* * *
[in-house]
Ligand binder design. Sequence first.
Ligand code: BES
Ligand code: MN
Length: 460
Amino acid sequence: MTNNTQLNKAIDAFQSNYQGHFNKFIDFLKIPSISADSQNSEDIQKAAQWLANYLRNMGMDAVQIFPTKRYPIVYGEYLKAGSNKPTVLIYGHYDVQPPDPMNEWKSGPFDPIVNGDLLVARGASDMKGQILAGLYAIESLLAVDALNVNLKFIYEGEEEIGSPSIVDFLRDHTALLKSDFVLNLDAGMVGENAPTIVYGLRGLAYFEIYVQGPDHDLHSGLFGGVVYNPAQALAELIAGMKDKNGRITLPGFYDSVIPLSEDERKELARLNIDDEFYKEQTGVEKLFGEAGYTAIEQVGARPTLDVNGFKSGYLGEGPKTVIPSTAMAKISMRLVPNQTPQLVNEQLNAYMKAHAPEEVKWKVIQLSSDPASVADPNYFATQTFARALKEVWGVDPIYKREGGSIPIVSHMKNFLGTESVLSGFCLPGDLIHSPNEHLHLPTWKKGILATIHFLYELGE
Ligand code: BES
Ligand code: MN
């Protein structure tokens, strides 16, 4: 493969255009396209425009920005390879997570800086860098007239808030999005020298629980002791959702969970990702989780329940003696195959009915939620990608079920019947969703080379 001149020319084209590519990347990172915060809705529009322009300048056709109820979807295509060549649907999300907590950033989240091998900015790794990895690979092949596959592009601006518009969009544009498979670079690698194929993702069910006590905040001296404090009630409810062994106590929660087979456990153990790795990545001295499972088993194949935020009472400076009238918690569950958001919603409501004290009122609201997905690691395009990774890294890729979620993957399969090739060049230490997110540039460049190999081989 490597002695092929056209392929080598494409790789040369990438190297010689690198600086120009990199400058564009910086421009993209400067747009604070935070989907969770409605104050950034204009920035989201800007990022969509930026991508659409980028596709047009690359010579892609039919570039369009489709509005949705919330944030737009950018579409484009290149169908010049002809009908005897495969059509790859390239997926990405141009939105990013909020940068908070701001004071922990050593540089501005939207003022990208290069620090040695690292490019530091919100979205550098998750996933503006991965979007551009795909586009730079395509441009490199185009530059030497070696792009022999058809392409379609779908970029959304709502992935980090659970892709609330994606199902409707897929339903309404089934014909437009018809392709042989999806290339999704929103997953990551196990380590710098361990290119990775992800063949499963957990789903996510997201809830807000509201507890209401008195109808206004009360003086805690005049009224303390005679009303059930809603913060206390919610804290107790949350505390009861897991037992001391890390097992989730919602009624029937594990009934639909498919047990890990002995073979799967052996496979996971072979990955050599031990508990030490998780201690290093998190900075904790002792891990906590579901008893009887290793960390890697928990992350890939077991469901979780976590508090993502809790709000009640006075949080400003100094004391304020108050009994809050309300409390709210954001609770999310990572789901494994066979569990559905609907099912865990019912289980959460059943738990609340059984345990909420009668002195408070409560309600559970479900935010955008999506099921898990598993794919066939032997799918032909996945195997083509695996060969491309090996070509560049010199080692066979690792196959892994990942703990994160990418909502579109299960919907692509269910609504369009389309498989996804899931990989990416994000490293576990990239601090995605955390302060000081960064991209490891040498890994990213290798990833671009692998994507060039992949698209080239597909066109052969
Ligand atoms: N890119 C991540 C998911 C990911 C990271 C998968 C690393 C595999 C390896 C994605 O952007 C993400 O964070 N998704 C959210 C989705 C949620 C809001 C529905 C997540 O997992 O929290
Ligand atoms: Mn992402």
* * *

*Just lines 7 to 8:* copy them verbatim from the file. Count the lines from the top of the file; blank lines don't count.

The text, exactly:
Ligand code: BES
Ligand code: MN